This weekend we did a documentary film marathon at the Full Frame Film Festival in Durham. Starting Thursday evening, we watched films, talked, ate, slept, and repeated, until Sunday. Our film days ended about midnight, and we stayed close by in the Hampton Inn. This was our third year at the Festival, and each year we’ve gotten a little more adept at getting tickets, getting good seats, getting well fed, getting shelter, and otherwise taking care of business. This year was the most entertaining and thought-provoking yet.
What are documentaries? They start with something real, and try to say something true. Documentarians, like all of us, have their biases and other limitations, and they sometimes make mistakes. But sometimes they’re remarkably wise and brave. The Full Frame staff screened thousands of proposed films, and from these picked 80 or so. Those we saw were almost all excellent.
We covered a lot of geography, including films set in North Korea, the Indian Himalayas, Afghanistan, Cambodia, Mexico, Russia, Finland, Utah, Pennsylvania, New York, West Virginia, and the Dark Net. The films that affected me the most were journalistic in orientation, but took on subject matter, or angles on subject matter, that don’t get much coverage in the mainstream press, either because they’re too complicated or too politically risky.
Some told stories that, without the courage and dedication of film makers willing to work for several years, would have never been told. There weren’t a lot of happy endings. But as Sally noted, there were a lot of pockets of inspiration — humans struggling valiantly against difficult natural or political circumstances.
It was also great that for most of the showings, the filmmakers were there to answer questions. Most of the showings we saw were sell outs or close, and there were rousing ovations for the creators. It was a really stimulating weekend. Here are a few of the highlights.
Deep Web. This was the story Ross Ulbricht and Silk Road, the online drug emporium. I thought I was more or less up to speed on the Dark Net, but I learned a lot, and got new perspectives on it and on the War on Drugs. The story of how the Dark Web and cryptography may affect the drug war is potentially huge. Director Alex Winter said he planned to add some material on the indicted FBI agents who worked on the case. Definitely worth seeing.
Meru. The story of the first ascent of an imposing 21 thousand foot peak in the Himalayas, and the three men who did it. I always have mixed feelngs about the sort of adventure, which is at once amazing, inspiring, and just too dangerous. But it was a thrilling cinematic experience.
Overburden. This was about the long sad relationship of Appalachia and coal. I had a particular interest in this, since I come from hearty coal mining stock, and I feel a real affinity for the beauty and pathos of this country. Overburden is the lingo of the mining companies for the plants and soil on the mountaintops that have to be stripped away to get the coal. This film focused on a couple of community activists who raised people’s consciousness on the environmental and social damage of this kind of minng.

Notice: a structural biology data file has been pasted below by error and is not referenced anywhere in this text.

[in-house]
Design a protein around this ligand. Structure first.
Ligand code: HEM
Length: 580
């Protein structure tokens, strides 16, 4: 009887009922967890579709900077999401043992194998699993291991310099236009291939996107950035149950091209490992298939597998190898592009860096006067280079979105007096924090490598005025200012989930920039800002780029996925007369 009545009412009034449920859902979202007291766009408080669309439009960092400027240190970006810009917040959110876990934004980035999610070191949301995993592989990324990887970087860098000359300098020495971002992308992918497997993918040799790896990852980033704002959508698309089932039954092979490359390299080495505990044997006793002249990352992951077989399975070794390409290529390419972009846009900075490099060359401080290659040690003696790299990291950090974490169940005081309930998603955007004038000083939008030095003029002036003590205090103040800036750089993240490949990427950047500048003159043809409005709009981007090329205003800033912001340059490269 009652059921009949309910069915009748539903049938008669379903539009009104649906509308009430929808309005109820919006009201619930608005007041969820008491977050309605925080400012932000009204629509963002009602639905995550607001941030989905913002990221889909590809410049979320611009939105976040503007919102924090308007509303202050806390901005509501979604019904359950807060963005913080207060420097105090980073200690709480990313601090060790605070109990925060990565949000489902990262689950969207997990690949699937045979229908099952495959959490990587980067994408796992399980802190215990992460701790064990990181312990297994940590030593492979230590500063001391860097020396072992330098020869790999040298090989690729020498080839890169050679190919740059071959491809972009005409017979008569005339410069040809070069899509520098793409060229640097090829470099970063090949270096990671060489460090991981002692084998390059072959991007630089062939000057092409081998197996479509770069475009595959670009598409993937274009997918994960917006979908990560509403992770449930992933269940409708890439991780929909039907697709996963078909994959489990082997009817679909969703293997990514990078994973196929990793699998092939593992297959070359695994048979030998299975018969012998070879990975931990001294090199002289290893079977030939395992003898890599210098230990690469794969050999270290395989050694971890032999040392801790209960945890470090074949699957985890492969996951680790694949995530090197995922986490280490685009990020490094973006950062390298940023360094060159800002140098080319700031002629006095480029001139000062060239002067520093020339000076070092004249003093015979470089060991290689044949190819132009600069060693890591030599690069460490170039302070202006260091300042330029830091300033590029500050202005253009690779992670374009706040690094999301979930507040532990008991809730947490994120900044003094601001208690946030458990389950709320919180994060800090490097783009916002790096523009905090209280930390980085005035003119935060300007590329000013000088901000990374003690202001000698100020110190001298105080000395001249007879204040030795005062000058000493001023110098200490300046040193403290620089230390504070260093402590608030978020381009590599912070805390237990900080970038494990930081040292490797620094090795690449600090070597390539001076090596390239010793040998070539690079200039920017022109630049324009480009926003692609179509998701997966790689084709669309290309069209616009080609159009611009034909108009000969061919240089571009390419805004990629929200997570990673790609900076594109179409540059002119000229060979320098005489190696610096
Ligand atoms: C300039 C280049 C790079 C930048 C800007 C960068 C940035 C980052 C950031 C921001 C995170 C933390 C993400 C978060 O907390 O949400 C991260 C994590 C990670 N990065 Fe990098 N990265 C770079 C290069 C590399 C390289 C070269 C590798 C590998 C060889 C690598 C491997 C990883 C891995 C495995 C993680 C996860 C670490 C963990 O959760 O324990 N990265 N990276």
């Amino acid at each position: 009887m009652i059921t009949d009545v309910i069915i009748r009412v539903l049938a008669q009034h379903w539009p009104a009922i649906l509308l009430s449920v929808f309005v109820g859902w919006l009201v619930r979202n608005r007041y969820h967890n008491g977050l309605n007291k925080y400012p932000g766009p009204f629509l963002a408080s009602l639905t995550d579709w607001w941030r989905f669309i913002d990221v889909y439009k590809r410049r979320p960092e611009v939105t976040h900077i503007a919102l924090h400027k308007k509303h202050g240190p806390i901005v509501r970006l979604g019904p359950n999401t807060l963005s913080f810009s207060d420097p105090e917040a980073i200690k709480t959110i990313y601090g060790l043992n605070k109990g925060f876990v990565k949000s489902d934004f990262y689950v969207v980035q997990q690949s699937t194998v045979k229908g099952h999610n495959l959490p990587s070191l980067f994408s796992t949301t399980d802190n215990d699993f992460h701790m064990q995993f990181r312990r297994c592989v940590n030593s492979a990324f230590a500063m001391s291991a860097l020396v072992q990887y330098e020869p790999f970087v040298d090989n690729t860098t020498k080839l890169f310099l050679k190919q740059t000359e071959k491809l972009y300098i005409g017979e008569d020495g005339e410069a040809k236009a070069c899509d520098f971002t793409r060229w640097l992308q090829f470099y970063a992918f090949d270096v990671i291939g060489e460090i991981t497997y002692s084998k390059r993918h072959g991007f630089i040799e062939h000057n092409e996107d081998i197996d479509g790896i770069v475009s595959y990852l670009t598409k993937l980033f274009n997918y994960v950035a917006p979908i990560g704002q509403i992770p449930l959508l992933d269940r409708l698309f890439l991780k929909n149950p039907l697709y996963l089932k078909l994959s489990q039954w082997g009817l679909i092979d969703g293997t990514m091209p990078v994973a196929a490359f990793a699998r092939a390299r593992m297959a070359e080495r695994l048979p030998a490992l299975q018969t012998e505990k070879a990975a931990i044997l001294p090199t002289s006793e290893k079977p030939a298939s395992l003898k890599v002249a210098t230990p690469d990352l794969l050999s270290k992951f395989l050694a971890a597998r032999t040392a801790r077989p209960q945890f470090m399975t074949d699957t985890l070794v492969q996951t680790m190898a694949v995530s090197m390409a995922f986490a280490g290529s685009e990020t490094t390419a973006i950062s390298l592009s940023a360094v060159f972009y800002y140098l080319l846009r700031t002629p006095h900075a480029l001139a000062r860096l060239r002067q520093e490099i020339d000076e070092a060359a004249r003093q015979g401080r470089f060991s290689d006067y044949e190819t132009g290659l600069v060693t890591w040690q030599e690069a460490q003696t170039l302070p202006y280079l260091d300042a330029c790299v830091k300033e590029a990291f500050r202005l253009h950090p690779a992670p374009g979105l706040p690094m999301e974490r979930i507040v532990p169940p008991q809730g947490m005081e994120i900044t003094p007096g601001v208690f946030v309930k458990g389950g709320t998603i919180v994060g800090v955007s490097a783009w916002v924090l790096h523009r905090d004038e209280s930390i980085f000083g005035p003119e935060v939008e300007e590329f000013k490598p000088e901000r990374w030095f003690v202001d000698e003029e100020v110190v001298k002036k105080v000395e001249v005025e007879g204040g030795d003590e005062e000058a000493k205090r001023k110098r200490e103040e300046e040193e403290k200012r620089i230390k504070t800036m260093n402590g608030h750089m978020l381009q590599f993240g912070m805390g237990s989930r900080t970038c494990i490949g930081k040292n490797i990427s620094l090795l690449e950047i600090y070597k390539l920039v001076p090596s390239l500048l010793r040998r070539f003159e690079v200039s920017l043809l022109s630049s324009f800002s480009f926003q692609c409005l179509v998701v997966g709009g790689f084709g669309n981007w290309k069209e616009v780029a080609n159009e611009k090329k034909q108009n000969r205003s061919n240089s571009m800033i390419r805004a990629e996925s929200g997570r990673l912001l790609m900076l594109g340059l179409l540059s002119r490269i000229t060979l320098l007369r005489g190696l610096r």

Crystal Moselle, director of The Wolfpack, answering questions
The Wolfpack. This concerned a family in New York who kept the kids inside their small apartment for almost their entire childhoods. Something was plainly wrong with the parents, but the kids seemed lively and creative, and probably not permanently impaired. The director, Crystal Moselle, spoke afterward, and gave some added context. She’d worked on the movie for about four years.
Peace Officer. This film was about the militarization of America’s police forces. The prime subject, William “Dub” Lawrence, is a former police officer and sheriff who started SWAT team in Utah that years later murdered his son-in-law. He’s an extraordinary person, who together with the directors spoke after the film. We were particularly happy that this one won an award — for human rights.
Peace Officer co-directors Scott Chritopherson and Brad Barber, and subject Dub Lawrence (speaking)
(T)error. This was about the FBI’s campaign against Islamic radicals using informants who try to entrap them in made up jihad efforts. It was a sort of a worm’s eye view, told from the perspective of an informant and a target. It would have been comical, had the subject not ultimately been sent to prison for eight years on a trumped up charge to shut him up. This one won a grand jury award.
(T)error co-directors Lyric Cabral and David Sutcliffe
Tell Spring Not to Come This Year. The subject of this was the Afghan National Army operating without the direct support of the US. They didn’t seem like a very well trained or determined fighting force. The Taliban seemed to be getting the upper hand. The battle scenes were vivid and harrowing. The co-director, Saeed Taji Farouki, spoke afterwards, with intelligence and humility.
Dogwood at Duke Gardens, April 12, 2015
On Sunday morning, we took a break to check out the Duke Gardens. It was a lovely, clear day, and lots of things were blooming, including early azaleas and rhododendrons. The tulips were spectacular. Sally noted that this garden, too, was a pocket of beauty that, in spite of everything, gave us hope for humanity.
Azalea at Duke Gardens